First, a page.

The larger container with a lid also makes it easy to get the meat out when you are putting it in the dehydrator.  Get out what you need, put the lid back on and back in the fridge.

I allways lay the ziplocks in a plastic  container just in case but ive never had an issue with the freezer bags. I usually only do 1 roast or cut of meat at a time. I can eat 8 pounds of jerky in a couple hours lol. great post, very detailed and I really like some of your ingredients. ive got to try me some of that toxic wast some time.

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We will also lay the Ziplocks on trays or in containers when we first freeze it.

 

It ends up about 4-5 pounds after drying.  This batch is pretty hot, so it might take you a day or so...

 

There might be some jerky left on Sunday.  lol

 

A little of the toxic waste goes a long way. Just opening the jar had me coughing and my eyes burning yesterday.  lol

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We will also lay the Ziplocks on trays or in containers when we first freeze it.

 

It ends up about 4-5 pounds after drying.  This batch is pretty hot, so it might take you a day or so...

 

There might be some jerky left on Sunday.  lol

 

A little of the toxic waste goes a long way. Just opening the jar had me coughing and my eyes burning yesterday.  lol

lol, I cant wait to try it. I do like my jerky extra extra dry. almost brittle. I have an American harvest dryer two (not as fancy as yours) but ive got 10 trays I think. I usually dry mine overnight. about 10-12 hours for anything realativly thick but I use a deli style meat slicer to make it really thin. it works best if the meats still semi frozen, not thawed but not frozen if you know what I mean.

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One thing about cutting thin slices or just even slices is to let the meat get really stiff but not frozen in the freezer before cutting.

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One thing about cutting thin slices or just even slices is to let the meat get really stiff but not frozen in the freezer before cutting.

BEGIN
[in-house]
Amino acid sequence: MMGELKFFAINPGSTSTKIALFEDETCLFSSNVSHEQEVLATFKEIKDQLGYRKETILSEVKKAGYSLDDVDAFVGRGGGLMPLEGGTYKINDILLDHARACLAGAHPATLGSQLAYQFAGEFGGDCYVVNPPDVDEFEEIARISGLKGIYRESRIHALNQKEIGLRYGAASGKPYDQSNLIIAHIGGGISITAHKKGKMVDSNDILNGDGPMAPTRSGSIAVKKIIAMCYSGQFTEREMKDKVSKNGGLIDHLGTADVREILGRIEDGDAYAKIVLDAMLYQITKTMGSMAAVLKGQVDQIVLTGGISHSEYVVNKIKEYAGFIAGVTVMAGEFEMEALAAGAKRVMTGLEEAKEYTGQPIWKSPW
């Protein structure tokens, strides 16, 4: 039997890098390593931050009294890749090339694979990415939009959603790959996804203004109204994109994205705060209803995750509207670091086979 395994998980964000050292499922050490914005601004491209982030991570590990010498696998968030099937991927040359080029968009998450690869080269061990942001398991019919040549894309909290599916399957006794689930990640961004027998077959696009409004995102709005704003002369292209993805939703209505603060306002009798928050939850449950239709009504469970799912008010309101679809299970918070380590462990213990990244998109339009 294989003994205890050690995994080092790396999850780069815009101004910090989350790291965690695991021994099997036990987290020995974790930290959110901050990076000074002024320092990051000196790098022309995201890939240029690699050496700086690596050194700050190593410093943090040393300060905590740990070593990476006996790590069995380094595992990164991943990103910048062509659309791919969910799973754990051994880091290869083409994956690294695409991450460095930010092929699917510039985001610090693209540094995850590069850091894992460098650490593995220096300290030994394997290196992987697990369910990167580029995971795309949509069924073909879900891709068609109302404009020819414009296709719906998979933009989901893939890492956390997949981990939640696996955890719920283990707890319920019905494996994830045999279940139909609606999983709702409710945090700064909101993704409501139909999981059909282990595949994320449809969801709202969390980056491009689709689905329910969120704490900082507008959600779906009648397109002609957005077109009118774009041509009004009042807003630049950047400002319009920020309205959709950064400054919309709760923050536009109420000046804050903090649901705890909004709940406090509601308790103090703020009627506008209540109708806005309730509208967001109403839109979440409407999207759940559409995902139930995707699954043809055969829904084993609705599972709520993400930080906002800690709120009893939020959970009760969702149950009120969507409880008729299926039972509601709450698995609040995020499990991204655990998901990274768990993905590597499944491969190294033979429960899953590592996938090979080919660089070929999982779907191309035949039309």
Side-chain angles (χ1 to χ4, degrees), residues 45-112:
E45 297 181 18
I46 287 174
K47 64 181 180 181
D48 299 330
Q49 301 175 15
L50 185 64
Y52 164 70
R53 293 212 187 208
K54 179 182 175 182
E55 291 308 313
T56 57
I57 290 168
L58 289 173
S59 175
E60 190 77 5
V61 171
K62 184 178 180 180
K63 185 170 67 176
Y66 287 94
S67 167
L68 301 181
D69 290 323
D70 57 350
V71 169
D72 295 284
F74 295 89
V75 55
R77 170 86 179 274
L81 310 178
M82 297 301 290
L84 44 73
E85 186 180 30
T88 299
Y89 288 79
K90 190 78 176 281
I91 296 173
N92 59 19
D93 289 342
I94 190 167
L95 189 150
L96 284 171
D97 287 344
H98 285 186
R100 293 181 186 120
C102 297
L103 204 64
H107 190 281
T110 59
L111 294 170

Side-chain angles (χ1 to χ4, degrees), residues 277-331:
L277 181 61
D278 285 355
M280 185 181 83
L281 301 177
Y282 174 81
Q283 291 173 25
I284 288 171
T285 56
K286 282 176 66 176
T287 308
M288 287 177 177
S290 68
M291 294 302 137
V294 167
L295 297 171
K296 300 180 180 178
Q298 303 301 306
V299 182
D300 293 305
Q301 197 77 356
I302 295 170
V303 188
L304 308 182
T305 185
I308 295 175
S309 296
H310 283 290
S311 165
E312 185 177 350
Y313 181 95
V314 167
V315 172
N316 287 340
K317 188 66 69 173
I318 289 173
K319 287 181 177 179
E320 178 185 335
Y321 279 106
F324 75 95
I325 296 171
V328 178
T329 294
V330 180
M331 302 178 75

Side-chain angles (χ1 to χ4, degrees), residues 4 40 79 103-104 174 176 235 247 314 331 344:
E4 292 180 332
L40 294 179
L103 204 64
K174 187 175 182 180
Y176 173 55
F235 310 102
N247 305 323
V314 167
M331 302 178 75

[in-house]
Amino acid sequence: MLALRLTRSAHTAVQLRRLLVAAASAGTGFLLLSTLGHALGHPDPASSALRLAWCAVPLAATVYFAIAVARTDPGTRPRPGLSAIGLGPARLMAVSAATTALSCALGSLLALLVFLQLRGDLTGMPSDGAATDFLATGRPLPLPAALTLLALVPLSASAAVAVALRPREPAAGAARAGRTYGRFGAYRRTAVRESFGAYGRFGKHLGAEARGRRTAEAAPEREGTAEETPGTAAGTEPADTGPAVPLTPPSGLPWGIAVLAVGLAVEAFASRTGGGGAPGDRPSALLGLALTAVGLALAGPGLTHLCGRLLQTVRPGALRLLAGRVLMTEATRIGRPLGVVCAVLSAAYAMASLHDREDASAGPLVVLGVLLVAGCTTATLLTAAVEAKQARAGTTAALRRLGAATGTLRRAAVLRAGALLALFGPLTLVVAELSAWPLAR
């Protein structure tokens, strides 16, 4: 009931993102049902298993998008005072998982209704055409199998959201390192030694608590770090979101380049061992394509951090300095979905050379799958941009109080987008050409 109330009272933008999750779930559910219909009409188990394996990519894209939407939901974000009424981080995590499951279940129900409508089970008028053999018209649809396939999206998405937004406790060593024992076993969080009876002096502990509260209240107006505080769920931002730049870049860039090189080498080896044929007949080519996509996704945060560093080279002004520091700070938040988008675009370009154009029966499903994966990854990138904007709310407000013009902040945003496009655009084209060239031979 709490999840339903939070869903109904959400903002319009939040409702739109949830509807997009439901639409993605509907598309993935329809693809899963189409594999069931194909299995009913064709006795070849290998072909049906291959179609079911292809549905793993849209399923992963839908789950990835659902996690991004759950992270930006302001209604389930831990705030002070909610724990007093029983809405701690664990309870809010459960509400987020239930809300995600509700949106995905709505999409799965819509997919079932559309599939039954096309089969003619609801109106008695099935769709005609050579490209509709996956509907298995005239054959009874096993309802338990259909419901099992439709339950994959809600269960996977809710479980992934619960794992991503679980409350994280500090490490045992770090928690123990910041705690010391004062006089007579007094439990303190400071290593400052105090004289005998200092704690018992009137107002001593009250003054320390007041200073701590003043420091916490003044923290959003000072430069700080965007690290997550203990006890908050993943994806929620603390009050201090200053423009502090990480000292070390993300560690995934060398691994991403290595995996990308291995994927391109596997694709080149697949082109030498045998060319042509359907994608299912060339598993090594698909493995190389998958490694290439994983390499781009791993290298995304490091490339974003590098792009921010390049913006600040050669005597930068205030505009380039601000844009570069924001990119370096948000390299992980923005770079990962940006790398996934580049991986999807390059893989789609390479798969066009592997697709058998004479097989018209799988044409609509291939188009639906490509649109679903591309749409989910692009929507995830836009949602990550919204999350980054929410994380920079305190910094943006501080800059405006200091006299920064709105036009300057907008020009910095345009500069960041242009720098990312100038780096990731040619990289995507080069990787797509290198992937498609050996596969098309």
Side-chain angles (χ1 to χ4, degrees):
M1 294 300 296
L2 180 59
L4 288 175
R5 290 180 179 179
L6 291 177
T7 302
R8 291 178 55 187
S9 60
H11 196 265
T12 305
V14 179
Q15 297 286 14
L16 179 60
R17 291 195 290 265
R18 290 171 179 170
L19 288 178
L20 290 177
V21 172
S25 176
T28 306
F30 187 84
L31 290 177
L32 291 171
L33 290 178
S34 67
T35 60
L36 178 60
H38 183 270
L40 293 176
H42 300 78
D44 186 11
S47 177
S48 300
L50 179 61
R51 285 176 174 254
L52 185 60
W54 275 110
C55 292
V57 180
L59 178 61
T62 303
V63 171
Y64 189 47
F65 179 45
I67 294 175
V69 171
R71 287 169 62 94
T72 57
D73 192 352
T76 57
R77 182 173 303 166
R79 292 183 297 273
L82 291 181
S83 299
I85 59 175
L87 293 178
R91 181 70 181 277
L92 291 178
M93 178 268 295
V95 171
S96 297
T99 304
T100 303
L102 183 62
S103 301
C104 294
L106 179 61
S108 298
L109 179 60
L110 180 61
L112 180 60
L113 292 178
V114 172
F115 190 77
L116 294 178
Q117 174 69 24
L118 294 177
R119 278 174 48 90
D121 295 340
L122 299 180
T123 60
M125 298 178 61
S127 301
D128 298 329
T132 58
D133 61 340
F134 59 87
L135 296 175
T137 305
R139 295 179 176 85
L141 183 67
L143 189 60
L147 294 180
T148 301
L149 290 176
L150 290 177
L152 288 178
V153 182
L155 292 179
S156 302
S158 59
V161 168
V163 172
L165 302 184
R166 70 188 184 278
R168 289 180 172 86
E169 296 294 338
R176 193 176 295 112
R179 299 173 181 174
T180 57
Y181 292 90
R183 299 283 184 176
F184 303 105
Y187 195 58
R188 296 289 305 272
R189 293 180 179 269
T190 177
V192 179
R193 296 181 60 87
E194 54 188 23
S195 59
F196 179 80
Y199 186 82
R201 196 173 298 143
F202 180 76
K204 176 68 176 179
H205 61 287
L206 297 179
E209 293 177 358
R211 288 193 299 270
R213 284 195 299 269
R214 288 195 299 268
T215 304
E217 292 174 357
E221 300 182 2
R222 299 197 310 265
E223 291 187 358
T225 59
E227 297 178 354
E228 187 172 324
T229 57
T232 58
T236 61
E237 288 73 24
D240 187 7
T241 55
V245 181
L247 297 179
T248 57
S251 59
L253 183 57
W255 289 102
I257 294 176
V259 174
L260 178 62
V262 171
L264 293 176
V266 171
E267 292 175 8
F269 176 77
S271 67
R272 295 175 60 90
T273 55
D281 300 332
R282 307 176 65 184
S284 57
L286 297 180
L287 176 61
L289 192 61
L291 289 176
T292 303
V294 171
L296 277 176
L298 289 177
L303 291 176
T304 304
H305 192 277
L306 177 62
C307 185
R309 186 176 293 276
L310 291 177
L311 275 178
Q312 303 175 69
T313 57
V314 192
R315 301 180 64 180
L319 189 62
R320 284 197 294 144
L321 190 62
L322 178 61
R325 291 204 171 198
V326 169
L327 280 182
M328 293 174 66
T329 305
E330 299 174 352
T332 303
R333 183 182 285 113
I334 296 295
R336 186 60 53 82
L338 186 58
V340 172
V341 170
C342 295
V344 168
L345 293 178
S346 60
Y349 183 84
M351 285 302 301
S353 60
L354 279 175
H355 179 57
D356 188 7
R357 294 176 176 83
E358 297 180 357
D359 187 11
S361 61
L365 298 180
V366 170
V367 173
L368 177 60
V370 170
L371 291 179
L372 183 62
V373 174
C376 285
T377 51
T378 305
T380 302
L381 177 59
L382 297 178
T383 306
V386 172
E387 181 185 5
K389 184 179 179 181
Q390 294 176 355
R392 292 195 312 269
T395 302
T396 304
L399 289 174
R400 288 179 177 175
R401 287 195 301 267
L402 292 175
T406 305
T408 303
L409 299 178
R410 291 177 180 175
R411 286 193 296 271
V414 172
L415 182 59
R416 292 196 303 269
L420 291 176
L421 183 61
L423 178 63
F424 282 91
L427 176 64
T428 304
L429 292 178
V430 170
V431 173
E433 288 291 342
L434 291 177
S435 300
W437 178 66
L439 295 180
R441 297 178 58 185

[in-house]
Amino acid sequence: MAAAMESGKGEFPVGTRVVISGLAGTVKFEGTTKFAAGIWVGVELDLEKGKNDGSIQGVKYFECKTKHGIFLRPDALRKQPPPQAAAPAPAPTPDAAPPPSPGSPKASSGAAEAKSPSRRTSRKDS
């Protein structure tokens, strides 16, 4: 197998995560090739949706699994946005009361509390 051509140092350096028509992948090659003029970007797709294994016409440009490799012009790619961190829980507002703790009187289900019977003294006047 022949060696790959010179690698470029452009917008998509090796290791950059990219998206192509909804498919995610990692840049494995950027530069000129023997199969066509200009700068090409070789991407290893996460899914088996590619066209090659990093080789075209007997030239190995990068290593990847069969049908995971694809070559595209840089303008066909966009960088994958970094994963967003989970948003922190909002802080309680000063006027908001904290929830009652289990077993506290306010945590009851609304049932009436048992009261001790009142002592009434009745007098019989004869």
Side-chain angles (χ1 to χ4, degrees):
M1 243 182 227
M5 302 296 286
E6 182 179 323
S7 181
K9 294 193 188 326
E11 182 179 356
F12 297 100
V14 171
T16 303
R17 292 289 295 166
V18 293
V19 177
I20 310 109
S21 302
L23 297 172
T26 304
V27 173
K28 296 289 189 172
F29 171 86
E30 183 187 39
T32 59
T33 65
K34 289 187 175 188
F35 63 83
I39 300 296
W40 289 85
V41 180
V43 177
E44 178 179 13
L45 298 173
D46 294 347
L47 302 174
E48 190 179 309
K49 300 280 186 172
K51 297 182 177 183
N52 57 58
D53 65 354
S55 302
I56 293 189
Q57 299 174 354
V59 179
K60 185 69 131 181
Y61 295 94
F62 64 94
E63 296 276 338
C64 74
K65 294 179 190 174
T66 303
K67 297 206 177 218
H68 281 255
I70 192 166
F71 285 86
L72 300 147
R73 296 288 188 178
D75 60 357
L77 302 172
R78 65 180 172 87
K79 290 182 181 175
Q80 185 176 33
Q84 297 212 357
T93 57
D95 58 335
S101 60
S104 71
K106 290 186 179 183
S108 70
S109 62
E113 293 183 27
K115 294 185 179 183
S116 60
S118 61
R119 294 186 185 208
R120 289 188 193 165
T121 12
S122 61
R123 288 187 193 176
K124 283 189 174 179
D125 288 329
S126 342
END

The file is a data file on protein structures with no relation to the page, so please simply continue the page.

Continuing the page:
As I described, we will freeze the meat when we butcher the deer, separating the bigger roasts from the rest of the "grind meat".  When we are ready to process it, we will take the grind meat, let it thaw enough to cut, then cut it into pieces small enough to fit in the grinder.

 

The roasts, we will work the same way, thawing them enough to slice, which lets you make really thin slices.  You do have to stop once in a while to thaw your fingers.

 

For me, it is easier to freeze the meat first, then thaw it rather than freeze it enough to slice. 

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I do this with boneless chicken breasts all the time.  From total frozen, put on counter for 40 minutes.  PERFECT for dicing, slicing and cutting.  (Time can vary from 35 to 55 minutes depending on temperature and meat thickness).  I've never tried reversing it though, I'm a bit ADHD and would forget it and it would be completely frozen again LOL.

 

 

 

 

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A friend of mine has a butchers band saw and zip zip zip your through especially with steaks. However my dad and some others dont like the saw bone dust mixed in with the meat. I just brush it off but my dad always cut all the meat off the bones with a knife.

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I do this with boneless chicken breasts all the time.  From total frozen, put on counter for 40 minutes.  PERFECT for dicing, slicing and cutting.  (Time can vary from 35 to 55 minutes depending on temperature and meat thickness).  I've never tried reversing it though, I'm a bit ADHD and would forget it and it would be completely frozen again LOL.

Well  doc here's my ADHD kicking in a bit can you make jerky out if chicken I don't see y not

 

Sent from my PG86100 using Tapatalk 2

 

 

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I don't know, I'd guess you could if you smoked it and it reached the proper temps.  I was talking about chopping the chicken for use in stir fry or soups etc.  LOL

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I have never seen nor made chicken jerky.  I have found turkey jerky.

 

I have read a couple of places that you should not use pork to make jerky.

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I helped the guy whose land we were hunting on butcher up 3 deer before I left yesterday and he gave me 4 small roasts.  I might have to cut one of them up to make a little jerky, that looks really good!

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Man that looks good!! My wife and I got a giftcard that will pretty much cover that bad boy. Can't wait to order it! I know one of the first things on the menu  moose0024.gif